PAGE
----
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  Themes Homepage > Early Twentieth Century
 
Biscuit Tins
Early Twentieth Century

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As biscuits became a more affordable item and sales increased, weighing the biscuits into paper bags became less popular with shopkeepers as it was very time-consuming. In 1905 Huntley & Palmers sold Breakfast biscuits to home customers in paper packets for the first time. By 1914 they were selling 5 ½ million packets per year.
Family Assorted Drypack, around 1930
Family Assorted Drypack, around 1930
 
Locket, 1912
Locket, 1912
Price of Tins
Biscuit companies reduced their costs by reusing tin shapes with new images. The tin on the left was the third in a series of tins to use the same locket shape. The price of a tin reflected the amount of work that went into its manufacture. The price was influenced by the cost of the design, the shape, whether hinges or locks were needed and the amount of soldering required.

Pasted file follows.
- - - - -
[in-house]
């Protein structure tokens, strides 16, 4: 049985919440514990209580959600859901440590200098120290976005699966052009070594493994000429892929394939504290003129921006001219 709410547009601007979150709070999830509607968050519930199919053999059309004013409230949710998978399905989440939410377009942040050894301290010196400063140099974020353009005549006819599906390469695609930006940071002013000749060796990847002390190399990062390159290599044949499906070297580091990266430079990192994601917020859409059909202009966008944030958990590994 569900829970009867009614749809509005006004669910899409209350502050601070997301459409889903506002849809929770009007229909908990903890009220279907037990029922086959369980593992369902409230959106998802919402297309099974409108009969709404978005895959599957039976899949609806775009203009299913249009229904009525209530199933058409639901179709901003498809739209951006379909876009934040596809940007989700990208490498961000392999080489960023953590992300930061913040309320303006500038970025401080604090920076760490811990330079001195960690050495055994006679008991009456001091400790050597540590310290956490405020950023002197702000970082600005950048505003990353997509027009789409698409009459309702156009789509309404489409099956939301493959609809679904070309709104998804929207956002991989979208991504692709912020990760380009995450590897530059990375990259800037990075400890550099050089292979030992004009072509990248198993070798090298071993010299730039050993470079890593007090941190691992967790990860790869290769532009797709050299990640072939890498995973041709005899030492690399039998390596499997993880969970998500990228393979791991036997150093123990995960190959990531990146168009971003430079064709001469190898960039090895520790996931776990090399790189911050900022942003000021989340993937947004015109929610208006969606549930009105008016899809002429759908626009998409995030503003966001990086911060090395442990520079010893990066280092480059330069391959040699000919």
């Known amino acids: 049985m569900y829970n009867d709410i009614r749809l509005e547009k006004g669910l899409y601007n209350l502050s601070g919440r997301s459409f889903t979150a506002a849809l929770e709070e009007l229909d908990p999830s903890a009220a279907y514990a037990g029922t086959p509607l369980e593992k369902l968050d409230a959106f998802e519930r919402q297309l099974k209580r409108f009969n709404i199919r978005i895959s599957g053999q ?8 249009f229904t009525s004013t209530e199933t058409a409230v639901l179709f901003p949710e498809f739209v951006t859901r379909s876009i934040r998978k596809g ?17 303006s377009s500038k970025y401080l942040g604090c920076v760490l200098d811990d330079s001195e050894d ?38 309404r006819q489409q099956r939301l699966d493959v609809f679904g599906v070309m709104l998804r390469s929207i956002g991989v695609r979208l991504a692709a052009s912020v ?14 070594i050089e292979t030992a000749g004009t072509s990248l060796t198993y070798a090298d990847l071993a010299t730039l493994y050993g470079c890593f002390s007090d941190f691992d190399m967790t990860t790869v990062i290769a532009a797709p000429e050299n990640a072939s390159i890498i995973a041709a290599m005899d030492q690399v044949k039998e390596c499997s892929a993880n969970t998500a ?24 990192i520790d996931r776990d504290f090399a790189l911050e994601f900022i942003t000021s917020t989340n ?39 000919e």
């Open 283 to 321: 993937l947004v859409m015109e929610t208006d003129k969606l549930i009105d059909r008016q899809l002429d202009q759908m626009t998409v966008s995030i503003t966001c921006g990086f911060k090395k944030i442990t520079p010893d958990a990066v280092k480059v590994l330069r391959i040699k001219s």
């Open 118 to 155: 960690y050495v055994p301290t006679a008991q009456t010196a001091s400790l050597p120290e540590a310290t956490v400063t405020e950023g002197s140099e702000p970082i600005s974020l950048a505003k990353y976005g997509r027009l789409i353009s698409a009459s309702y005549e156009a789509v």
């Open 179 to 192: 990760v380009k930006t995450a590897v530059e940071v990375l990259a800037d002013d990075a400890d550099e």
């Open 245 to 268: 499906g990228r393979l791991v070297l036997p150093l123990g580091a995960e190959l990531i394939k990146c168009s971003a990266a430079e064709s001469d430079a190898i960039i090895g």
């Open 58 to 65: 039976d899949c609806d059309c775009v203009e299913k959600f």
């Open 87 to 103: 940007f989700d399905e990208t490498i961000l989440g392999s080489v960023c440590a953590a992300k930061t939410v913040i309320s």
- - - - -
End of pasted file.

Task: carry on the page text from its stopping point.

The First World War
During World War I the production of fancy tins decreased drastically from 518,000 in 1913 to 200,000 in 1915. Whilst this was caused in part by a lack of demand, Huntley, Boorne & Stevens were also busy manufacturing goods for the War Office including 536,000 water bottles and more than 6 million detonators.
Water Bottle, 1915
Water Bottle, 1915
 
Sentry Box, 1914
Sentry Box, 1914
Sentry Tin
This sentry tin was first designed in 1909 when it featured a German soldier. In 1913 the tin was redesigned with a Belgian soldier in his place. This was a patriotic gesture from the Reading firm at a time when Britain's relationship with Germany was becoming increasing insecure. Some earlier versions of the tin have been found with the sentry defaced.
 
 
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  Themes Homepage > Early Twentieth Century
 
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